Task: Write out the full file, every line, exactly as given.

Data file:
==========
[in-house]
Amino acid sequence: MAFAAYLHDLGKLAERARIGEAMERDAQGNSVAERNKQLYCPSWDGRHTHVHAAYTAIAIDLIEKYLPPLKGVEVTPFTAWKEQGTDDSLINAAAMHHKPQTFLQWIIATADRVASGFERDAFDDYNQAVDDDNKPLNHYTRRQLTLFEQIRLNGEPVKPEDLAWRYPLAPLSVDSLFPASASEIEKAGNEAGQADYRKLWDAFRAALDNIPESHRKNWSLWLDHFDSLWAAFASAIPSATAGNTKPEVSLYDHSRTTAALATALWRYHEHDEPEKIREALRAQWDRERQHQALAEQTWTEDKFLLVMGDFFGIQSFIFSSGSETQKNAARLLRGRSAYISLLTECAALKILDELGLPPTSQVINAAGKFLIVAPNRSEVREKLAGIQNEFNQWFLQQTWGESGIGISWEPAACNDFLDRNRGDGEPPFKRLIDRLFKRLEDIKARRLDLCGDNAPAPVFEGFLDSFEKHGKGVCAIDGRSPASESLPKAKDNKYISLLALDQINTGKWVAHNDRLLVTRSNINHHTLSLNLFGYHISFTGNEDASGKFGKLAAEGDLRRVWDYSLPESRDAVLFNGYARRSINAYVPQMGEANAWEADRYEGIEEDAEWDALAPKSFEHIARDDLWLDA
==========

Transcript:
[in-house]
Amino acid sequence: MAFAAYLHDLGKLAERARIGEAMERDAQGNSVAERNKQLYCPSWDGRHTHVHAAYTAIAIDLIEKYLPPLKGVEVTPFTAWKEQGTDDSLINAAAMHHKPQTFLQWIIATADRVASGFERDAFDDYNQAVDDDNKPLNHYTRRQLTLFEQIRLNGEPVKPEDLAWRYPLAPLSVDSLFPASASEIEKAGNEAGQADYRKLWDAFRAALDNIPESHRKNWSLWLDHFDSLWAAFASAIPSATAGNTKPEVSLYDHSRTTAALATALWRYHEHDEPEKIREALRAQWDRERQHQALAEQTWTEDKFLLVMGDFFGIQSFIFSSGSETQKNAARLLRGRSAYISLLTECAALKILDELGLPPTSQVINAAGKFLIVAPNRSEVREKLAGIQNEFNQWFLQQTWGESGIGISWEPAACNDFLDRNRGDGEPPFKRLIDRLFKRLEDIKARRLDLCGDNAPAPVFEGFLDSFEKHGKGVCAIDGRSPASESLPKAKDNKYISLLALDQINTGKWVAHNDRLLVTRSNINHHTLSLNLFGYHISFTGNEDASGKFGKLAAEGDLRRVWDYSLPESRDAVLFNGYARRSINAYVPQMGEANAWEADRYEGIEEDAEWDALAPKSFEHIARDDLWLDA